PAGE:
Once upon a time I had a Saturday job in a florist’s shop. For a long time after that I couldn’t stand fresh flowers. Weird, right? You’d think it would be the nicest place to work but when you’re selling hundreds of blooms every day it can be really hard work. Buckets of water are heavy and they spill on you and it’s freezing. Also, mouldy stems and leaves smell really bad, and bleaching the mould away isn’t great for your skin. I think it was almost 10 years after I left the job before I bought a single bunch.
However, the rational part of my brain did eventually take over and told me that one bunch of flowers would not be so exhausting as hundreds of bunches of flowers. These days I love having fresh flowers in the home and I’m convinced they have the power to brighten up any room. Here are my tips for choosing them and for making them last as long as possible.
- Choose bouquets where very few of the flowers have opened. If they’re already open you have no idea how long they’ve been open for and they might start to fade the moment you get them home
- Make sure at least one bloom is open, though. Otherwise those “white” lillies could easily turn out to be green or cream.
- Choose flowers with long stems where ever possible. You can cut them down to the size of your vase if they’re too long when you get them home – you can’t extend them if they’re too short
- Don’t be shy about buying flowers in supermarkets, they often come with two-week guarantees and can be just as good as the florist’s flowers which have higher mark ups on their prices.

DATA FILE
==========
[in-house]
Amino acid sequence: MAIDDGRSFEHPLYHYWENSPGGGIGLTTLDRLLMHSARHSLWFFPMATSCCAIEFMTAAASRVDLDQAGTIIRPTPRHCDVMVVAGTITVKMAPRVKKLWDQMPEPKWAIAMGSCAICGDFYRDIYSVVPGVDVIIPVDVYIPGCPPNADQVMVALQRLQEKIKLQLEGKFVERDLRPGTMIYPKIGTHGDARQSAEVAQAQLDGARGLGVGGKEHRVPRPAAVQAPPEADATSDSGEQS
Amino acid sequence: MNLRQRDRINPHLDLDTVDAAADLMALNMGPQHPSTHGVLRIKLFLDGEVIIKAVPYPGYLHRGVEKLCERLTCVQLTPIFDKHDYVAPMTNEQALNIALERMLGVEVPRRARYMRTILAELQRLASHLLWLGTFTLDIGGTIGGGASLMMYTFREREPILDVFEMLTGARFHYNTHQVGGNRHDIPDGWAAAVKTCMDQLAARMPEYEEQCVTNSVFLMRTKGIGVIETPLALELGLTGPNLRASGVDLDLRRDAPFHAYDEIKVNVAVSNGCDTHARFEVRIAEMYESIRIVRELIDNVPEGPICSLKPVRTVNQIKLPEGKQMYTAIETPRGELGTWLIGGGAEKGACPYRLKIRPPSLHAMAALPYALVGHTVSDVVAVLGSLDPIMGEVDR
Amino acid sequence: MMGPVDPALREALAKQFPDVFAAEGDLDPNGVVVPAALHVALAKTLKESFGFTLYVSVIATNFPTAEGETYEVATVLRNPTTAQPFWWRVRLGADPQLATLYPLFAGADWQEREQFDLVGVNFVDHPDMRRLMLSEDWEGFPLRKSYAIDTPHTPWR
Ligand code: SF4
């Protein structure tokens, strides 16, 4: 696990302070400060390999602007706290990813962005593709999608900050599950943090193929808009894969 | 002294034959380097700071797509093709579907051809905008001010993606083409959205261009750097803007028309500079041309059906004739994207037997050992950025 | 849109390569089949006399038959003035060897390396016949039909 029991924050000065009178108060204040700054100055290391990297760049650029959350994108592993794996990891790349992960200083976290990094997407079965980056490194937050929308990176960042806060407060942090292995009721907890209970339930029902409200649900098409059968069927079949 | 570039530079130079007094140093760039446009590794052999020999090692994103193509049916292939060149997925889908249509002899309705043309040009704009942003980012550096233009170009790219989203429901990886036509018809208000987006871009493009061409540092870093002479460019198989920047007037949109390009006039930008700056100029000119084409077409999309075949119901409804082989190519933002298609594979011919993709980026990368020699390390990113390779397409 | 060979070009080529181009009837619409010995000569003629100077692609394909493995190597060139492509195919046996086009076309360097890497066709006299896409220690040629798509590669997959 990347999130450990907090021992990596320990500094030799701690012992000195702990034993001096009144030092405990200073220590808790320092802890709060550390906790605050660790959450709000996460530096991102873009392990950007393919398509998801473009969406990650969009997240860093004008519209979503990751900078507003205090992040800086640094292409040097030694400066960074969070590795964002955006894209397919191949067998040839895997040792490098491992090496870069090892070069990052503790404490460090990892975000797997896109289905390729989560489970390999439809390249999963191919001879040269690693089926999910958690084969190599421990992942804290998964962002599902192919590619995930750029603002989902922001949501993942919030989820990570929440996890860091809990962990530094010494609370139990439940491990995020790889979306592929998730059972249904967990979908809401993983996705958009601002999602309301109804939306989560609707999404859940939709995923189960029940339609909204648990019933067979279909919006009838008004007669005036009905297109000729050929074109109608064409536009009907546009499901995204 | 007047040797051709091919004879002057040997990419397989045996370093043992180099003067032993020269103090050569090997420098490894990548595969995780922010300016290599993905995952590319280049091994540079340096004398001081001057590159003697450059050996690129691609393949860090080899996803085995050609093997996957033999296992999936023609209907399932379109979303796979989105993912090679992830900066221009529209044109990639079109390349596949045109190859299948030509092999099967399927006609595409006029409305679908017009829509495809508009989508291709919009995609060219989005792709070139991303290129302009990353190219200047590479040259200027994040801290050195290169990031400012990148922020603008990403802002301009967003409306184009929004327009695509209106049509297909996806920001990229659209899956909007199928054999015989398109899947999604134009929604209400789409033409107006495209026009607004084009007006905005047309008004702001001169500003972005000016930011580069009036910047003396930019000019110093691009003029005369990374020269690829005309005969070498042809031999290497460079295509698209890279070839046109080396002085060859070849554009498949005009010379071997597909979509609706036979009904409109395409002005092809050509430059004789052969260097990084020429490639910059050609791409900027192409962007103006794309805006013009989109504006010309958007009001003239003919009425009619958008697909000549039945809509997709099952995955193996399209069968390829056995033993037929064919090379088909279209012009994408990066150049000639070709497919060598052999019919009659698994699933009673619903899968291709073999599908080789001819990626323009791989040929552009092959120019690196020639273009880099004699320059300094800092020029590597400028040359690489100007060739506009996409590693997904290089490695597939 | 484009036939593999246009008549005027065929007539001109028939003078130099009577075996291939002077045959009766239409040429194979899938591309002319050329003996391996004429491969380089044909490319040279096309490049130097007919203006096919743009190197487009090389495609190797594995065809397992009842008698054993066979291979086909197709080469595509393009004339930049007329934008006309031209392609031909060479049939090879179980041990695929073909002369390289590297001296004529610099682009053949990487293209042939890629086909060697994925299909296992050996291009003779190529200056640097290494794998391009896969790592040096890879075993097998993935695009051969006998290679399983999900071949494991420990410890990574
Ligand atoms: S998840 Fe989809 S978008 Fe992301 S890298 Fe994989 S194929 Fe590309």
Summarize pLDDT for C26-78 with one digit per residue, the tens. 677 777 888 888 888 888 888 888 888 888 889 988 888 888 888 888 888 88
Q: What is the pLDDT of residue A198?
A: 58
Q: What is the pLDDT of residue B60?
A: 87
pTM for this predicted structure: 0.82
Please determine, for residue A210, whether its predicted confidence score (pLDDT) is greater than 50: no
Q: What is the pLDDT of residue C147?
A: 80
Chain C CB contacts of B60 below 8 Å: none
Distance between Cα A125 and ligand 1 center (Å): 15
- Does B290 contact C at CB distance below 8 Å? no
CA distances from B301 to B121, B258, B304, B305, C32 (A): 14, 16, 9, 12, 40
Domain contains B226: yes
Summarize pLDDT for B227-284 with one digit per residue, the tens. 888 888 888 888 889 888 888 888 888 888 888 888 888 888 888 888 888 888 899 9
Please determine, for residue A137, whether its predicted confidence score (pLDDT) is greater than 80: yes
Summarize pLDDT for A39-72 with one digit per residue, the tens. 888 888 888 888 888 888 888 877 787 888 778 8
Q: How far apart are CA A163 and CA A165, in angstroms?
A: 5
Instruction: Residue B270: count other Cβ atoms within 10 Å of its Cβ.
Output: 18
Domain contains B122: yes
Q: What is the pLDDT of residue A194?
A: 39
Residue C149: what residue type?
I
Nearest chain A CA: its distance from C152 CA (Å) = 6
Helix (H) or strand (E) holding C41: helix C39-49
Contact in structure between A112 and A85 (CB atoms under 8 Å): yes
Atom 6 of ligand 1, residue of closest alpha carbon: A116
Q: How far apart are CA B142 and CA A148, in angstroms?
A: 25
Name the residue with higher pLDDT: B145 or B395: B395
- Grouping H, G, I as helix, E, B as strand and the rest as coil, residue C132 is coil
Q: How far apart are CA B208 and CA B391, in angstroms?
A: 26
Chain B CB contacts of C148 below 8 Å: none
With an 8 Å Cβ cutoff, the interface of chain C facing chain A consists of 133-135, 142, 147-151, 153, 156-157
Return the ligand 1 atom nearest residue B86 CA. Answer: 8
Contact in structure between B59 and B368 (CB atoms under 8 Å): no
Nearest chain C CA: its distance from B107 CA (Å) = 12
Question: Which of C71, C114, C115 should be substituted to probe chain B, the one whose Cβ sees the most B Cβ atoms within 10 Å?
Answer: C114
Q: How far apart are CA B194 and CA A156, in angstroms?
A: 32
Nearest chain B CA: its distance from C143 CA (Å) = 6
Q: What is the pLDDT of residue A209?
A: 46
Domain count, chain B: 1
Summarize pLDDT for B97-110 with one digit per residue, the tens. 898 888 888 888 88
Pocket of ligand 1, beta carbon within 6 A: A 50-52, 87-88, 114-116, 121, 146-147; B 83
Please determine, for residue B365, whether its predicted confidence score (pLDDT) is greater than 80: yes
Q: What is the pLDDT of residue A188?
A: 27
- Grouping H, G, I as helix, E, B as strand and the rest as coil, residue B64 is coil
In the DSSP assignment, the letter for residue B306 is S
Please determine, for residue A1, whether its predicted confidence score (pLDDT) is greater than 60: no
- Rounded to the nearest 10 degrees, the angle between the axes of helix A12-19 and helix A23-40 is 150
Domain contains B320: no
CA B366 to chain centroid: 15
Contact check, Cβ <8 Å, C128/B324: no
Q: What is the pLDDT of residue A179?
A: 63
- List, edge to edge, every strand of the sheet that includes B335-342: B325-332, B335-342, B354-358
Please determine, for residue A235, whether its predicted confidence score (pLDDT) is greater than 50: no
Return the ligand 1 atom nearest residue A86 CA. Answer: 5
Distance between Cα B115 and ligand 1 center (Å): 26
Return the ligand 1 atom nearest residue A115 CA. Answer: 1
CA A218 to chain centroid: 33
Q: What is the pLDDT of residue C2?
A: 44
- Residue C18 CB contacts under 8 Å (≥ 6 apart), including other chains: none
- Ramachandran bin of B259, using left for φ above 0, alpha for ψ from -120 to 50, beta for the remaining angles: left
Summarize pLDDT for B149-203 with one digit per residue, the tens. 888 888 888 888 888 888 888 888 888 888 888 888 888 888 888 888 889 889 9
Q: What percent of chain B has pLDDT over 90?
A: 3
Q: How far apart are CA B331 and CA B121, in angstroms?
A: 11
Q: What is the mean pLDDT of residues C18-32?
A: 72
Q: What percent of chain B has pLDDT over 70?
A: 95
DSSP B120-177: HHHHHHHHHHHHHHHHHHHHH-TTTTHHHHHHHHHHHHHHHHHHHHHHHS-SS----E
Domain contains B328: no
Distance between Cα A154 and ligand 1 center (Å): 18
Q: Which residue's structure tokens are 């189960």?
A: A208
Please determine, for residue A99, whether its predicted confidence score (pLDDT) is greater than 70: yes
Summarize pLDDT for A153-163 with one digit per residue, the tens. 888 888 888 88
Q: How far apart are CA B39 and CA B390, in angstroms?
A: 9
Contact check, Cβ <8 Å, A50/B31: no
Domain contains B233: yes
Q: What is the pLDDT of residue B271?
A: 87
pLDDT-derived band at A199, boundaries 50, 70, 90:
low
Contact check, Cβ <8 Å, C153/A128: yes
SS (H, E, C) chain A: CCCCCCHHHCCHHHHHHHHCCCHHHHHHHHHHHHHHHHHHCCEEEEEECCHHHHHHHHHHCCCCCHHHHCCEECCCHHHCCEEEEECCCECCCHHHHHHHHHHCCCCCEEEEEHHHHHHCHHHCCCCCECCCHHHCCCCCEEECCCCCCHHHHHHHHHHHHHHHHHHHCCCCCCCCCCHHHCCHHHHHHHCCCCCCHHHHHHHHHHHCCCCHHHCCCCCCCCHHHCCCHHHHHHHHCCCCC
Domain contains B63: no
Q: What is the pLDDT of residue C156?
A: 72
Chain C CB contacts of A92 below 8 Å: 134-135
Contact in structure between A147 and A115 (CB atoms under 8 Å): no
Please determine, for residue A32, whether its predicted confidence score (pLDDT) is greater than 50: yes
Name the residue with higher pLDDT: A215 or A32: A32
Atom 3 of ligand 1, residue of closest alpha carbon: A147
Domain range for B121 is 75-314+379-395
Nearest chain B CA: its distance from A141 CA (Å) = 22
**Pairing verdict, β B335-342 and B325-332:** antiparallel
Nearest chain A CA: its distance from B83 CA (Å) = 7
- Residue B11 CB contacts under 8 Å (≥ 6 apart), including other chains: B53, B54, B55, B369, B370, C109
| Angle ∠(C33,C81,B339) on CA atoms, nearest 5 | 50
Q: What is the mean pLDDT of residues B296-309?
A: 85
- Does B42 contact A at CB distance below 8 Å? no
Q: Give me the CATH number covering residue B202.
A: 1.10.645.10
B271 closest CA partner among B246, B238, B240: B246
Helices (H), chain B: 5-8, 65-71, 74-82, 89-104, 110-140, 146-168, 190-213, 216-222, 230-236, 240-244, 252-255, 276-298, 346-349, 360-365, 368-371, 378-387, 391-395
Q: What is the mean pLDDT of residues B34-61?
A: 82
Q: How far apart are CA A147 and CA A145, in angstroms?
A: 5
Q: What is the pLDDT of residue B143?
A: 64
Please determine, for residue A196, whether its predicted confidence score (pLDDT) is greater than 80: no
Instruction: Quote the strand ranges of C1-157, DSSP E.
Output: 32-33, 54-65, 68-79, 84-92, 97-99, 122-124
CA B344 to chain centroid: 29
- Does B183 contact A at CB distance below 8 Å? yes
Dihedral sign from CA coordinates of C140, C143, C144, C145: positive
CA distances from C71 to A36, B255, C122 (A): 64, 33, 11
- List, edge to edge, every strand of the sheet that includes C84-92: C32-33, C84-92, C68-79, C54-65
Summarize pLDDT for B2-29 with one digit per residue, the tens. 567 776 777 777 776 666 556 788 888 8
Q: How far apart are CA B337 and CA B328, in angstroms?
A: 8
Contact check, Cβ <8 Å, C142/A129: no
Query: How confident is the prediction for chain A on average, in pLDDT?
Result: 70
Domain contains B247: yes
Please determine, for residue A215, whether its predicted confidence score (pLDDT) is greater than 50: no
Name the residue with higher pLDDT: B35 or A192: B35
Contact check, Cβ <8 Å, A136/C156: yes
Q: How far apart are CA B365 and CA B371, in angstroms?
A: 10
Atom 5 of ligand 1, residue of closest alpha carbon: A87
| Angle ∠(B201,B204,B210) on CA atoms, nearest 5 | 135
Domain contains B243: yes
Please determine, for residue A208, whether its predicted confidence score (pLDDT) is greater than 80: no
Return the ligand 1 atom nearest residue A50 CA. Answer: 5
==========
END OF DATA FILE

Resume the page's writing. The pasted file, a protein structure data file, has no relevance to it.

- Feel free to mix bouquets. You want the pink roses but also the white lillies? Go for it – if the colours look nice next to each other in the store they’ll look nice in the vase
- Exception: Never put anything with daffodils. They don’t play well with others
- Strip the leaves at least far enough that none of them will sit in the water, they’ll go mouldy quickly and will reduce your flowers’ longevity
- Cut the stems on an angle, or even bash them a little. The great the surface area in the water, the longer they’ll last
- Use flower food. Those little green packets make a Litre of flower food water, normally they’re taped to the celophane the flowers are wrapped in. Ask for a couple of packets if you’re in a florist, they’ll almost always let you have them for free
- Change the water every two days if you have time. Clean water looks nicer in a vase and keeps your flowers happier for longer
Bonus tip: If you’re buying birds of paradise, ask the florist whether they’re displaying the first or second bloom. Each flower head has two, sometimes three hidden in the green outer petals, but if you don’t know that you could end up paying the same price for flowers that only last half as long.
Enjoy your bouquets!